The District might build a new fire station within two years. The County might require that fire services be housed there. But there are no guarantees.
Option Two: Remain an independent district
The other option is to keep the District independent , manned by volunteers as is currently the case. For the next year, the District will continue to get the $60,000 for Station operations and the County will continue to help with the $40,000 dispatch costs.
If the Board decides to back down once committed, these subsidies will be gone. “You’ll be on your own,” Miller warned.
When Board Member Janet Bragdon asked for clarification as to the length of the contract, Miller clarified that “We are looking at a five year agreement.”
Bragdon pressed, “We can remain independent, continue the $60,000 subsidy and you will continue to pay the $40,000 dispatch fee too?”
Miller said that yes, that was the case. He also said that he cannot guarantee anything for ten years. “we can’t guarantee that this offer will stay the same.” He added that the makeup of the County Board of Supervisors is expected to change, alluding to term limits due to take effect as mandated by a voter initiative.
An audience member asked if the $50.00 fee that residents pay is for station maintenance could be used for the ambulance service, which currently is $85,000 in the hole?
Susan Quasarano, from the County answered that the Council needs to look at the language since this is determined by law.
Bragdon said that her phone has been ringing off the hook since citizens are concerned. One of the questions is what happens to the equipment at dissolution? Who owns it?
According to Miller, “All District assets and liabilities transfer to the County.”
The liabilities question is intriguing, since responsibility for any potential litigation against the District could also be transferred to the County.
Several citizens raised concerns over warnings received from fire officials in other districts that joined the County Fire Authority, voicing regrets over the action.
A letter from former Campo Fire Board member, Craig A. Williams, has been posted at the Julian Connection site online. “I resigned from the Campo Fire Board when the County forced them to go with the fire authority,” Williams’ letter stated, adding that his fears of lesser fire protection have been realized. “This month our department will be dark, no firefighters, for at least 20 days….Four years ago when we had our own Chief and hired and trained our own firefighters we never had more than 6 dark days a year.” He cautioned that if the County takes over, medical services could also be cut and Cal Fire could send equipment out of the area. Williams urged residents to raise $50 a year to support and keep their Fire Department.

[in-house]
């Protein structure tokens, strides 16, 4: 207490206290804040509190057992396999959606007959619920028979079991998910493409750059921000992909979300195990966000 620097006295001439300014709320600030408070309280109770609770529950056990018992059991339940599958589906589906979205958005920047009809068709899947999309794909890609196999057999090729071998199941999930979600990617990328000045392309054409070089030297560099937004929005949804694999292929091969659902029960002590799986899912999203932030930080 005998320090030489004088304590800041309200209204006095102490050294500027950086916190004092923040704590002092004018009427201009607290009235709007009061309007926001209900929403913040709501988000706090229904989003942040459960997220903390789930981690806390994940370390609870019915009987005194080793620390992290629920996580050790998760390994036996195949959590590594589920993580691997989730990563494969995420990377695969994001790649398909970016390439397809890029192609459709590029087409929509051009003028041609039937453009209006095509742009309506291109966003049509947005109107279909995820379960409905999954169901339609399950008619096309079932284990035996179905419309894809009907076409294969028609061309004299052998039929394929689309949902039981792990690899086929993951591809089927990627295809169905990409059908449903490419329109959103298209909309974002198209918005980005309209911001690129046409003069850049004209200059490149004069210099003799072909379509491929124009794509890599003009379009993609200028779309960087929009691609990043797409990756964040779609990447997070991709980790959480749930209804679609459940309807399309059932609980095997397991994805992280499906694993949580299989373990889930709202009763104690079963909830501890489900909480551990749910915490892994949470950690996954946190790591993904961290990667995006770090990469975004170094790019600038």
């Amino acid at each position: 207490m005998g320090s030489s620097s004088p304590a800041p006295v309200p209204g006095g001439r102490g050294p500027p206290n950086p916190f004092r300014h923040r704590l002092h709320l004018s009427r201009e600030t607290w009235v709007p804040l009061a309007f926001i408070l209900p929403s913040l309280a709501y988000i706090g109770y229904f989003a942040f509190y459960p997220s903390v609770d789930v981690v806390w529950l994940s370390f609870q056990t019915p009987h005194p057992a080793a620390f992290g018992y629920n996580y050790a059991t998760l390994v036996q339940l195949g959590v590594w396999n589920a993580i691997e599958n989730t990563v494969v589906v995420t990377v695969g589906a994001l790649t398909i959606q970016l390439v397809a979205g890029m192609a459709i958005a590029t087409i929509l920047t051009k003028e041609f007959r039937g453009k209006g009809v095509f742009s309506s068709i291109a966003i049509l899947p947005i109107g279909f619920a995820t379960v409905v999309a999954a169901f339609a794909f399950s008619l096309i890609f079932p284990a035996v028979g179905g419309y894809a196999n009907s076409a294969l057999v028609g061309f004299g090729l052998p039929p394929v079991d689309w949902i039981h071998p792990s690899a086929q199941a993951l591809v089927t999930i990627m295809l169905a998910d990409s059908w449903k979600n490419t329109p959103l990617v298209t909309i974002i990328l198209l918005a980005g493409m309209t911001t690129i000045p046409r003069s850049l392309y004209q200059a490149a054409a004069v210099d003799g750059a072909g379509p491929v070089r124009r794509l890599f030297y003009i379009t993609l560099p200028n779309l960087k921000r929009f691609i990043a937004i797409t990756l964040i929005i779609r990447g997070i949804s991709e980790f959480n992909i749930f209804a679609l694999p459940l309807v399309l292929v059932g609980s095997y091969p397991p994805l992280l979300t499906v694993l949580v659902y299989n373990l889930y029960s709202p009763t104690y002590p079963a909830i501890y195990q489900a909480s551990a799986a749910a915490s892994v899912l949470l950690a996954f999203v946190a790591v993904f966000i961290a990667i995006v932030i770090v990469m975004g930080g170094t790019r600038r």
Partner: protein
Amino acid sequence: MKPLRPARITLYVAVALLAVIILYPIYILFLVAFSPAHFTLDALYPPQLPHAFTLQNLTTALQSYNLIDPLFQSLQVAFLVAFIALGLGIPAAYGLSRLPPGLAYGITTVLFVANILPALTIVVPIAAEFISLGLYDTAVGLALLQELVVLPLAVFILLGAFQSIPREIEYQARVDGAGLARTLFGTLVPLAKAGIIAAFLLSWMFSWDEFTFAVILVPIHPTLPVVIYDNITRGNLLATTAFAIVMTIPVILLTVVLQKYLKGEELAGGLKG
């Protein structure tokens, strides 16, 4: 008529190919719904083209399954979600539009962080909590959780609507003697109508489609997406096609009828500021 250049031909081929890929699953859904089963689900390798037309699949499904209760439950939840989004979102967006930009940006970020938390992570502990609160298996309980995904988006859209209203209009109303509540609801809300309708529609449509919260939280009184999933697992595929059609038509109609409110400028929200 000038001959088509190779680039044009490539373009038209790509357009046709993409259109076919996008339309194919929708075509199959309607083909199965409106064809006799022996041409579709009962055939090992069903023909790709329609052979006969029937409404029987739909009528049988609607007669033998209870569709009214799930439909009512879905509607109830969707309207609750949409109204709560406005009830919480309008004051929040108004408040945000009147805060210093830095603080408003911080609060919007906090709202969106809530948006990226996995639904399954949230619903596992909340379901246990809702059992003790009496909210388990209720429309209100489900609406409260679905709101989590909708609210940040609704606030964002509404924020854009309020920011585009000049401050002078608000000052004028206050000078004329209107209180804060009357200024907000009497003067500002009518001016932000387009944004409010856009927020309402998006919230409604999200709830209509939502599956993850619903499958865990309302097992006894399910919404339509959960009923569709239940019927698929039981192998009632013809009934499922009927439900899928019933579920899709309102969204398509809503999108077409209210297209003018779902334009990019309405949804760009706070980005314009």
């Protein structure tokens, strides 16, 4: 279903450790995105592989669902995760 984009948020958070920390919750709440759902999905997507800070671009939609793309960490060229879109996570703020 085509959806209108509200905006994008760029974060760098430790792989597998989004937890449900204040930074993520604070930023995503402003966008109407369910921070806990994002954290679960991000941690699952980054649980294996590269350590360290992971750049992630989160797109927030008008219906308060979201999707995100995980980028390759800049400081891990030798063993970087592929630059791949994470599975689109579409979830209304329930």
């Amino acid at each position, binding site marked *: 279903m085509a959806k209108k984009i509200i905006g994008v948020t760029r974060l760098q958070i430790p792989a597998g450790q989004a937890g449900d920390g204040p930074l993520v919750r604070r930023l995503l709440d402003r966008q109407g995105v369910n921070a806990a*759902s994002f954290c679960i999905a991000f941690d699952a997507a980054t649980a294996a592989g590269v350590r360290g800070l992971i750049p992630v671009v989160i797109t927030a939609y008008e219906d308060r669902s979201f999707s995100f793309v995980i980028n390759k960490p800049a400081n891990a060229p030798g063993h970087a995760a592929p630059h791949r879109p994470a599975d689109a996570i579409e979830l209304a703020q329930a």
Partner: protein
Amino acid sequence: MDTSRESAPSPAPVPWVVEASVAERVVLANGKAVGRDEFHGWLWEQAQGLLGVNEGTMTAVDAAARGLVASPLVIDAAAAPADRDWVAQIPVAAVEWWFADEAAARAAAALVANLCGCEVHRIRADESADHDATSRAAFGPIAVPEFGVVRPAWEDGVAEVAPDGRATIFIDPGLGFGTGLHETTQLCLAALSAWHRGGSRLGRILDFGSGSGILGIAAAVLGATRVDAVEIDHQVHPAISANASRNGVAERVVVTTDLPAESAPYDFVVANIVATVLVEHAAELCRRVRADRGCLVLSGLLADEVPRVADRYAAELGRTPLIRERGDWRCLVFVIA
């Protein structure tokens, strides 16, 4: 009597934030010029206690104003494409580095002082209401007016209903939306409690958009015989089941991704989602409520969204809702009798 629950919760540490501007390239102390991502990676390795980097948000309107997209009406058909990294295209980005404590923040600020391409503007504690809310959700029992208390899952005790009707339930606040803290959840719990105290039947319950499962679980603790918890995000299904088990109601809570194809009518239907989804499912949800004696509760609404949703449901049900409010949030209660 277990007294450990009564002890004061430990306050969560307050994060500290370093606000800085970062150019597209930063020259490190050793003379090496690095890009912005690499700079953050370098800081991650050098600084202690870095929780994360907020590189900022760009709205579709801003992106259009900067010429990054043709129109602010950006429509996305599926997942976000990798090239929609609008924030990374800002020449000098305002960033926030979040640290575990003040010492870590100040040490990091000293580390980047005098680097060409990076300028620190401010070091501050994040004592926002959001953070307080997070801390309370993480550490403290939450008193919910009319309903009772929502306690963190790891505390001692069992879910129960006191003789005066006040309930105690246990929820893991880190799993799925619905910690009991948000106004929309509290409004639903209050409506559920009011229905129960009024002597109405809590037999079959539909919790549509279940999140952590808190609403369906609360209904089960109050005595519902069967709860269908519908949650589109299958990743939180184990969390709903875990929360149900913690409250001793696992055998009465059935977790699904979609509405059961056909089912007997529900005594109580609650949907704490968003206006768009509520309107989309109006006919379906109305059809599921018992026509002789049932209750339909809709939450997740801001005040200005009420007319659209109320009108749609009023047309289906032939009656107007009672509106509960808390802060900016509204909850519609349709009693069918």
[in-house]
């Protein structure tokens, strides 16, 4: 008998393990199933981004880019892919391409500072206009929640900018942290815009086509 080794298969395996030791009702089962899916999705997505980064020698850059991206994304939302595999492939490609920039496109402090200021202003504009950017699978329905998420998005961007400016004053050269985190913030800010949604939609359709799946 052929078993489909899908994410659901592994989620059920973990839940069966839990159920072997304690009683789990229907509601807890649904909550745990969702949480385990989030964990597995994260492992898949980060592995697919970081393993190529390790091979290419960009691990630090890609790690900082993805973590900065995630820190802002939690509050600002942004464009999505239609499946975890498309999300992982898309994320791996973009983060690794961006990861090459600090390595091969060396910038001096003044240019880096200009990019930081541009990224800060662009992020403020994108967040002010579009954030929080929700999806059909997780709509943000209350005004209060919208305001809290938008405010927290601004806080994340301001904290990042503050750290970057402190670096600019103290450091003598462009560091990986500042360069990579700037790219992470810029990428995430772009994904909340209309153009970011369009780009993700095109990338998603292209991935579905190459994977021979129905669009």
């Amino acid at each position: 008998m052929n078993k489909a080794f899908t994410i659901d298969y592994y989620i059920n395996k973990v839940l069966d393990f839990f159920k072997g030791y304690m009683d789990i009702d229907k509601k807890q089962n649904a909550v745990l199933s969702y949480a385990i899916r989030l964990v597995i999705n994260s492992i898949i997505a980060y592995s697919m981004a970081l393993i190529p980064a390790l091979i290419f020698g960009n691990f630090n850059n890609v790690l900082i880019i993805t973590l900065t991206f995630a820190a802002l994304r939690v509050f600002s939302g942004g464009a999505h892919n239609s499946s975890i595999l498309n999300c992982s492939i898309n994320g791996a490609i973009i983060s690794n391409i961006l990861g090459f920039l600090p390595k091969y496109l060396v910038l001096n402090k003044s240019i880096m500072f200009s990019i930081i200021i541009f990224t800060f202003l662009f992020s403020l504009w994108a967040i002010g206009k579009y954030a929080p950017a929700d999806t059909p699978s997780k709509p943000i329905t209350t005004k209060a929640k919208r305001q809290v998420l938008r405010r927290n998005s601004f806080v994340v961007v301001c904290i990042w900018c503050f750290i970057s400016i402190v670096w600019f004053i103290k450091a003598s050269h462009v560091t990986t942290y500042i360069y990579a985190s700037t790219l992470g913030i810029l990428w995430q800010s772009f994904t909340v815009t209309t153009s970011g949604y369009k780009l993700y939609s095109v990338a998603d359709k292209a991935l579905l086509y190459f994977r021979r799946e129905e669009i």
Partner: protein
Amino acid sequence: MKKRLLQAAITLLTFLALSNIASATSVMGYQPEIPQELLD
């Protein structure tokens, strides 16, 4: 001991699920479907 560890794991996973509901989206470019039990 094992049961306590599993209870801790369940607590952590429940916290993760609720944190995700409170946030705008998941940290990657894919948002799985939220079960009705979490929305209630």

In the public meeting, Elkins asked Miller about the 20 dark days since Campo went with Cal Fire. Miller admitted to some dark days, but said the number was far less. He also explained that one of the reasons is that the volunteers were moved to the Cal Fire station (where they could still respond) nearby for mentoring and training. There was “no lack of coverage,” though coverage on some days was by lesser-trained personnel.
Chris Cornette posted on the Julian Connection that he was on scene promptly at a fire next door to his residence within minutes, helping the homeowner and another neighbor douse the fire swiftly. He shared with ECM that Cal Fire arrived 15 minutes later, and helped with mop up. He also stated that the US Forest Services Pine Hills Station is unstaffed at night and typically not covered in the winter. "Another reason OUR local fire department is important.”
Elkins also voiced concern over a long response time by Cal-Fire to a recent blaze. “I’m the one that had to give directions to Cal-Fire,” she stated.
ECM asked in the meeting if outsiders coming to fight fires in Julian would affect response since outsiders do not know the terrain.
Miller replied, “We welcome volunteers.” He also said that people like serving in places like Julian. He said that those who are not familiar with the area would undergo driver orientation. This will be the same case with drivers for ambulances, whether they are bid out or still kept by the District. He also said that while he hopes to see jobs given to local firefighters, there was no assurance that this would be done.
Chief Greg Griswold from Cal Fire said that “We’re going to put our most familiar people with Julian on our equipment. We don’t see a big difference.”
An audience member blurted out that volunteers would still need to meet the medical certification. Miller answered that concern by stating that those who do not meet the stringent fire service medical qualifications can still serve as part of an EMS crew or as water tender operators. This question came up repeatedly. Miller also said the County is looking at offering volunteers the ability to work as part of traffic control as well, starting this summer, which frees firefighters at a fire or a car accident.